• 13. How are children bullied?Forms of bullying at school (NCES, 2011)• 19% made fun of, called names, or insulted• 17% subject of rumors• 9% pushed, shoved, tripped, spit on• 6% threatened with harm• 5% excluded from activities on purpose• 4% forced to do things they didn’t want to do• 3% had property destroyed• 6% of students ages 12-18 had been cyberbullied(anywhere)Children are more likely to be bullied in elementarythan in any other school level.(NCVS, 2009)
    • 14. Boys vs. Girls• There are not vastdifferences in thepercentages of boys andgirls who are bullied• Boys are typicallybullied by boys; girls arebullied by boys and girls• Most studies find thatboys are more likelythan girls to bully theirpeers.– On average, boysare:1.7x as likely to bully– 2.5x as likely to bully andalso be bullied (bully-victims)(NCES, 2009)
    • 15. Likelihood to report bullying:
    • 16. Cyberbullying Stats• 42% of students in grades 6-8 report beingbullied online• Cyberbullying incidences nearly doubles everyyear• Girls are twice as likely to engage• 62% of those bullied are bullied by students attheir school
    • 17. NC Laws and I-SS Policies
    • 18. As defined by NC Law:• “Bullying or harassing behavior is any patternof gestures or written, electronic, or verbalcommunications, OR any physical act OR anthreatening communication that takes placeon school property , at any school-sponsoredfunction, or on a school busAND THAT:
    • 19. • Places a student or school employee in actualand reasonable fear of harm to his or herperson OR damage to his or her propertyOR• Creates or is certain to create a hostileenvironment by substantially interfering withor impairing a students educationalperformance, opportunities or benefits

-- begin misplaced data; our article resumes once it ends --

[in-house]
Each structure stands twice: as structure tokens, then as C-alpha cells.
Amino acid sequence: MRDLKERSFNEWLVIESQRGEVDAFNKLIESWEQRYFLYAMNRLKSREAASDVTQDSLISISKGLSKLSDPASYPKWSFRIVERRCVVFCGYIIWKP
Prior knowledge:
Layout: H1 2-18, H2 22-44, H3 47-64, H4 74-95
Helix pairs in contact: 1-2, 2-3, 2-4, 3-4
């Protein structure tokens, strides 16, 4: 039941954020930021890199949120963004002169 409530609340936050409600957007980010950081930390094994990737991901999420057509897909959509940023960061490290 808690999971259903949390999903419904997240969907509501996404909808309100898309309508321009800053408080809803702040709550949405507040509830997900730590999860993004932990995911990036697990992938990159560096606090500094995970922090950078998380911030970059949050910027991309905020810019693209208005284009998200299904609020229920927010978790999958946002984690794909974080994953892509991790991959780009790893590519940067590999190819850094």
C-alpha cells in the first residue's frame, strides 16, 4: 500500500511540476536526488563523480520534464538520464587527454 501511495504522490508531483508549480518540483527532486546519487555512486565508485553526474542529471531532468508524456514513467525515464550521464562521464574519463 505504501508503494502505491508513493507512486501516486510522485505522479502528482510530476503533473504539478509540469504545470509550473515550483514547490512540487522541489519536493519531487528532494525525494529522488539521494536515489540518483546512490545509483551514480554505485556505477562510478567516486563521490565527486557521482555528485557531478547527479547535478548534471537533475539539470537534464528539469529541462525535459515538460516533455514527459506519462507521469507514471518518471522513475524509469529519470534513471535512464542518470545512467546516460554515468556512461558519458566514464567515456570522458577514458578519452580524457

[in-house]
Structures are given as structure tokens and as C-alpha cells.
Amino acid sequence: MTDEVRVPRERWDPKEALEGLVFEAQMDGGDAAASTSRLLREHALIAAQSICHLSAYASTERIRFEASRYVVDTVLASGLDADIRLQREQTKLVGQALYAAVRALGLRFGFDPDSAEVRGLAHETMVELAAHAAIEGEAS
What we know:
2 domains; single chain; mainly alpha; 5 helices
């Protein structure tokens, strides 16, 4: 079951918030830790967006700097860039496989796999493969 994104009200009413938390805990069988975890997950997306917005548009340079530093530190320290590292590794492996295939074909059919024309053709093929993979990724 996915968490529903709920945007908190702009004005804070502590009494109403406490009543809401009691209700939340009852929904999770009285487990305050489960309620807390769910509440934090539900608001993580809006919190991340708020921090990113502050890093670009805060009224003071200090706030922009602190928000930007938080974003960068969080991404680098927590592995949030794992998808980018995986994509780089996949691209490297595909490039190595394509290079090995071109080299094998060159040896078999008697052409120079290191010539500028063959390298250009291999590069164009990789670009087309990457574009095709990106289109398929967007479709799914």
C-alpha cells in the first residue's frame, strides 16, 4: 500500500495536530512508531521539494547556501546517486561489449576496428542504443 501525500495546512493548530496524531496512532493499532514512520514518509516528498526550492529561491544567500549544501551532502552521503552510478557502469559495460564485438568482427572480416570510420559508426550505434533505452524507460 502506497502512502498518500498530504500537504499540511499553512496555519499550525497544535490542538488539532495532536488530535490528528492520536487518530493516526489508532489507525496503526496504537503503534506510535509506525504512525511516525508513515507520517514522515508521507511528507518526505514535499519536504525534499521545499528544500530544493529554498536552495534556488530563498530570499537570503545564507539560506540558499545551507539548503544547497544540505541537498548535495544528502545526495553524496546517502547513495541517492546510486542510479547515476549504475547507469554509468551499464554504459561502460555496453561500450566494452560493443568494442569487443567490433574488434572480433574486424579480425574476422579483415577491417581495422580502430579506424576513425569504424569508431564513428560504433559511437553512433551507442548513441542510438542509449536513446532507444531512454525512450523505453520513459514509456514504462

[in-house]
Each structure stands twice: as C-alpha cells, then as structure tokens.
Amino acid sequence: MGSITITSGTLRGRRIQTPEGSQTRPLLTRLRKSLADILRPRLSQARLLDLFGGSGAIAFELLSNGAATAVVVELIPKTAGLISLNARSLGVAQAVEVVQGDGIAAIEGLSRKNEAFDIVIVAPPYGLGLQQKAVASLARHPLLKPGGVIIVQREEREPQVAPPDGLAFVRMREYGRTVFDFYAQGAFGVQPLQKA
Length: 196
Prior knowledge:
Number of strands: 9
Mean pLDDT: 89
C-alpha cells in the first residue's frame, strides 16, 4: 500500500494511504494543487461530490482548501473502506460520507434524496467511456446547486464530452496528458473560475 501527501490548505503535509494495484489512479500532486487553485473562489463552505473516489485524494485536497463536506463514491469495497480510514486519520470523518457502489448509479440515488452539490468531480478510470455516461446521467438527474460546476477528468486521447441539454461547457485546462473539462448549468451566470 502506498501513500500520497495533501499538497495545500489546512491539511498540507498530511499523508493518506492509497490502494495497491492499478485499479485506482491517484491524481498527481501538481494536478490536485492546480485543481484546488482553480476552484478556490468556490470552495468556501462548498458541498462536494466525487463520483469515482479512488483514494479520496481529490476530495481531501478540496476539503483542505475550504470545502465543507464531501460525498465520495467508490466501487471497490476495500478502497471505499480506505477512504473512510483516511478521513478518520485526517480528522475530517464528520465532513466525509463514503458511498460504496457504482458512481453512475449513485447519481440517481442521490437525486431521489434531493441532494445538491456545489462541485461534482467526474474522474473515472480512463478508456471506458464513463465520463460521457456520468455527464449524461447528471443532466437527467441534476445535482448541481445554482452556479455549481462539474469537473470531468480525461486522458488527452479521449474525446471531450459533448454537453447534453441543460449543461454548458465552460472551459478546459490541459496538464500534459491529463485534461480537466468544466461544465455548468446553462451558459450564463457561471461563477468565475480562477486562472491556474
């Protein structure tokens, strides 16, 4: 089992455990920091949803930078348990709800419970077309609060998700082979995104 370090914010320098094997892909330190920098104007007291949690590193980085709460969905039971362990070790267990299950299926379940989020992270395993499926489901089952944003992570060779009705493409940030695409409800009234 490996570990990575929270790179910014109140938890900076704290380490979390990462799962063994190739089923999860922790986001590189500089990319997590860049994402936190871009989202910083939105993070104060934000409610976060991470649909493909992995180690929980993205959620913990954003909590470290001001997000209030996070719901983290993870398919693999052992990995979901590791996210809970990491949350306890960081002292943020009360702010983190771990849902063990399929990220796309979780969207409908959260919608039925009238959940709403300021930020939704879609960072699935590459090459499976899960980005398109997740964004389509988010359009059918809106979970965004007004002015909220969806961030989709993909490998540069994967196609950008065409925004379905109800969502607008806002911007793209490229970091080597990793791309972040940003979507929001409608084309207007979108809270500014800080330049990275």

• 20. What is a hostile environment?• Hostile environment= victim SUBJECTIVELYviews the conduct as bullying or harassingbehaviorAND:• The conduct is objectively severe or pervasiveenough that a reasonable person would agreethat it is bullying or harassing behavior
    • 21. NC Law cont…• Bullying or harassment behavior includes, but is notlimited to, acts reasonably perceived as beingmotivated by actual or perceived differentiatingcharacteristics such as:– Race, color, religion, ancestry, nationalorigin, gender, socioeconomic status, academicstatus, gender identity, physicalappearance, sexual orientation, disability– An association with a person who has or isperceived to have one or more of thesecharacteristic
    • 22. Students’ Criminal Liability forcyber-bullying• G.S14-458.1 – makes it a crime to use a computer todo any of the following “with intent to intimidate ortorment a minor”– Create fake websites/profiles– Post or encourage others to post specific info on a minor– Post a real or doctored image of a minor– Access password protected computer data– Send repeated emails– Make a statement intended to provoke someone else tostalk or harass– Sign up a minor for pornography or junk email